— James Madison • Sydney Howard Gay

... behind his head and lay back upon the earth. "No, I do not want to fight—not now! I wouldn't fight you, anyhow, for standing up for one ...
— Foes • Mary Johnston

... Helen did not turn back. On the contrary, she ran, light of foot as the little dancer, of long ago, with blush-roses in her hat, through all the suite of rooms to her own sea-blue, sea-green bedchamber, and there, sitting down before the toilet-table, greeted her own radiant image ...
— The History of Sir Richard Calmady - A Romance • Lucas Malet

... lost upon it, and the pirates imprisoned, he used all the Portuguese who fell into his hands, who were many, very barbarously, cutting off their ears and noses; and as his master was a papist, when they took a priest, they made him say mass at the mainmast, and would afterwards get on his back and ride him about the decks, or else load and drive him like a beast. He from this went to the Guinea coast, and took Capt. Hill, in the ...
— The Pirates Own Book • Charles Ellms

... they sent up shouts of triumph. Their exultation, however, was soon turned into doubt when they beheld their troops repulsed in repeated attacks. They could see from time to time some distinguished warrior laid low and others brought back bleeding to the city. When at length the sacred banner fell and the routed troops came flying to the gates, pursued and cut down by the foe, horror and ...
— Chronicle of the Conquest of Granada • Washington Irving

... vehemently down through the gap in the wall, and scour the French trenches, overturn the gabions, spike the guns, and slay the guards. The French reserves hurried fiercely up, always scourged, however, by the flank fire of the ships, and drove back the sortie. But the process was renewed the same night or the next day with unlessened fire and daring. The French engineers, despairing of success on the surface, betook themselves to mining; whereupon the besieged made a desperate sortie and reached ...
— Deeds that Won the Empire - Historic Battle Scenes • W. H. Fitchett

... back to town to-night, I guess you've come far enough," said he, when they came to ...
— Allison Bain - By a Way she knew not • Margaret Murray Robertson

... he said, affected by her joyous greeting, "it makes my heart warm to see you. I have brought you a present from town. When I was a boy, I remember that my poor mother was fond of singing some simple songs, which often, somehow or other, come back to me, when I see and hear you. I fancied you would understand and like them as well at least as I do—for Heaven knows (he added to himself) my ear is dull enough generally to the jingle of rhyme." And he placed in her hands a little volume of those exquisite songs, ...
— Night and Morning, Complete • Edward Bulwer-Lytton

... knitted, his eyes flame, his beard seems to bristle with rage. The tale of prices is hardly told before, with a series of rapid movements, he has tied every bundle up, and is thrusting the good things back into the hands of their owners. His vocabulary is strained to its fullest extent; he stands up, and with outspread hands denounces Mediunah and all its ways. The men of the village are cowards; the women have no shame. Their parents were outcasts. They have no fear of ...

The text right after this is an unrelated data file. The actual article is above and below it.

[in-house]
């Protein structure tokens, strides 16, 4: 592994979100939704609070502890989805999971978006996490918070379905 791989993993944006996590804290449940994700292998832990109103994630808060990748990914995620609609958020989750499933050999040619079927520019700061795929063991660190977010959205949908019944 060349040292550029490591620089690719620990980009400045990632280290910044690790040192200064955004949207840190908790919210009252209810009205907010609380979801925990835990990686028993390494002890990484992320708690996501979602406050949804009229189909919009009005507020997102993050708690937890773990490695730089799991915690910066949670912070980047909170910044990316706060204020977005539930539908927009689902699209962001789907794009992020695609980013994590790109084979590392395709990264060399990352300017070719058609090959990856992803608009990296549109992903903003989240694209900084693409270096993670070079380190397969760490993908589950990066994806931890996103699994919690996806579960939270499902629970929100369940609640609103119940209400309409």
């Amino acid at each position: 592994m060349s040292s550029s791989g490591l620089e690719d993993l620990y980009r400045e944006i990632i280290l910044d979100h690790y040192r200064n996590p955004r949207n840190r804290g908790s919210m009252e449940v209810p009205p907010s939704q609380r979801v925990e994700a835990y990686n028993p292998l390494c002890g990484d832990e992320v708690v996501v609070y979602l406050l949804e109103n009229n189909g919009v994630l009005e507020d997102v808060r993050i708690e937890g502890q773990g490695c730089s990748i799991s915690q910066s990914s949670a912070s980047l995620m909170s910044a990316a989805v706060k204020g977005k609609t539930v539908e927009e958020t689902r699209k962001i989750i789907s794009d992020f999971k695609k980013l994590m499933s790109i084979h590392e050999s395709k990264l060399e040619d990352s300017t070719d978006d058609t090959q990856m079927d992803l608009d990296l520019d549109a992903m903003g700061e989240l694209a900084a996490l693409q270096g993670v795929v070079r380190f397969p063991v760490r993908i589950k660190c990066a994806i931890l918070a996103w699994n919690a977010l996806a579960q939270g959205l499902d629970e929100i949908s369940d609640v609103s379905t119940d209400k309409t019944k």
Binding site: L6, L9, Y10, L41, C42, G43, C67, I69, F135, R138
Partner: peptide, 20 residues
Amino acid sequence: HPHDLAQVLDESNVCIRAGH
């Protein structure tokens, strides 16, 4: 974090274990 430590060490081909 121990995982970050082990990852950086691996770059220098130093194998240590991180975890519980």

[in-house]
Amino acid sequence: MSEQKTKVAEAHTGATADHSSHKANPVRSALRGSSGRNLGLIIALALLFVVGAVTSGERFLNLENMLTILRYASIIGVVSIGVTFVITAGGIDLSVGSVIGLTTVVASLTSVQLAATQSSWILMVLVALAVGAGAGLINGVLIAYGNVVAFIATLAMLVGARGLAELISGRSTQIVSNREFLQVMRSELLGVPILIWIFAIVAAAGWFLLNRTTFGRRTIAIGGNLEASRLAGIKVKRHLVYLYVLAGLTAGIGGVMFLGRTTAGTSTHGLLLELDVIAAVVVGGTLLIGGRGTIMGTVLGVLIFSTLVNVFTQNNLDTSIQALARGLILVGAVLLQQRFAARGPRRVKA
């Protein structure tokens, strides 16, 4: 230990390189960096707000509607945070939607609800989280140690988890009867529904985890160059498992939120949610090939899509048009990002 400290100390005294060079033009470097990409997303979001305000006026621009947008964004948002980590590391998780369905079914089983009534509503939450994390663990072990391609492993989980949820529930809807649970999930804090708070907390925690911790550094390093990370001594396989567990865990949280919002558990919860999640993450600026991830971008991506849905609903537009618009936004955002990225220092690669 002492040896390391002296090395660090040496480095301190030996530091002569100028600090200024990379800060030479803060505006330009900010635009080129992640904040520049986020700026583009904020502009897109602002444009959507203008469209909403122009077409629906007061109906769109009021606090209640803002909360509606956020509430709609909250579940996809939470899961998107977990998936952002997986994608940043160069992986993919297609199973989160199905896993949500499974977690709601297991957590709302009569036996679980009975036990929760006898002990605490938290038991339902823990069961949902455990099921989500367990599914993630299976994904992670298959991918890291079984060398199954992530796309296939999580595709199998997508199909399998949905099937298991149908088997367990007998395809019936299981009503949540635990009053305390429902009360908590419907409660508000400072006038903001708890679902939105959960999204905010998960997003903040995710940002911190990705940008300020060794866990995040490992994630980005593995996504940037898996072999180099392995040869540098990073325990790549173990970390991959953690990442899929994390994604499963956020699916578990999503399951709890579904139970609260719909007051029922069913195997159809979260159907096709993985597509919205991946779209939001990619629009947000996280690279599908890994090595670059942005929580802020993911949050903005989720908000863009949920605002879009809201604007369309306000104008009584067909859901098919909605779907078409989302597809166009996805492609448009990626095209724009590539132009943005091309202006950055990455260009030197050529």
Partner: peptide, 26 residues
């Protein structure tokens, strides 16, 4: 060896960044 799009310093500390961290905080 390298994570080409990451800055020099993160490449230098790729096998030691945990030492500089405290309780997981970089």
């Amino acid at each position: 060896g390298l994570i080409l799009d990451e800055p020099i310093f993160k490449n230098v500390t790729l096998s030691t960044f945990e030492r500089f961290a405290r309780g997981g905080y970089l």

— Morocco • S.L. Bensusan

... roof came spots of wet, faster and faster, and they wetted the cheeks of Nycteris; and what could they be but the tears of the moon, crying because her children were smothering her? Nycteris wept too, and not knowing what to think, stole back ...
— Stephen Archer and Other Tales • George MacDonald

... sun-spangled shadows of the grassy paths. They had heard the kindly rumble of His voice like distant thunder and the little tones of the Man as he asked his questions. At six o'clock regularly God had shaken hands with the Man and climbed leisurely back up the sky-blue stairs that led to Heaven. Because of this the Man had gained a reputation among the animals for being wise. They had thought of him as God's friend. He had given orders to everybody—even to the Woman; and everyone had been proud to ...
— Christmas Outside of Eden • Coningsby Dawson

... course; much more, after the final accomplishment of the Berkeleyan revolution (to my mind inevitable), shall we retain the fiction of an independent external world: only, we shall then know how to fall back upon some mode of stating the case, without incurring ...
— Practical Essays • Alexander Bain

... life with such a deep resentment toward his brother in his heart. He afterward came to regard his going away in this manner as one of the mistakes of his life which he would wish to correct. His better heart came back again, true ...
— True to His Home - A Tale of the Boyhood of Franklin • Hezekiah Butterworth

... herself, Mrs. Bunting's voice had risen almost to a scream. She moved back, still holding the tray, and stood between the door and her lodger, as if she meant to bar his way—to erect between Mr. Sleuth and the dark, foggy ...
— The Lodger • Marie Belloc Lowndes

... husbands!" she concluded. "Before the war they used to be the most docile creatures; as long as they got a percentage, and the wives did not worry at their own little affairs, all went smoothly. Now, since going out there and fighting, they have come back giving themselves great airs, and talking about wounded honor, and ridiculous things of that sort that one reads of in early Victorian books. One does not know ...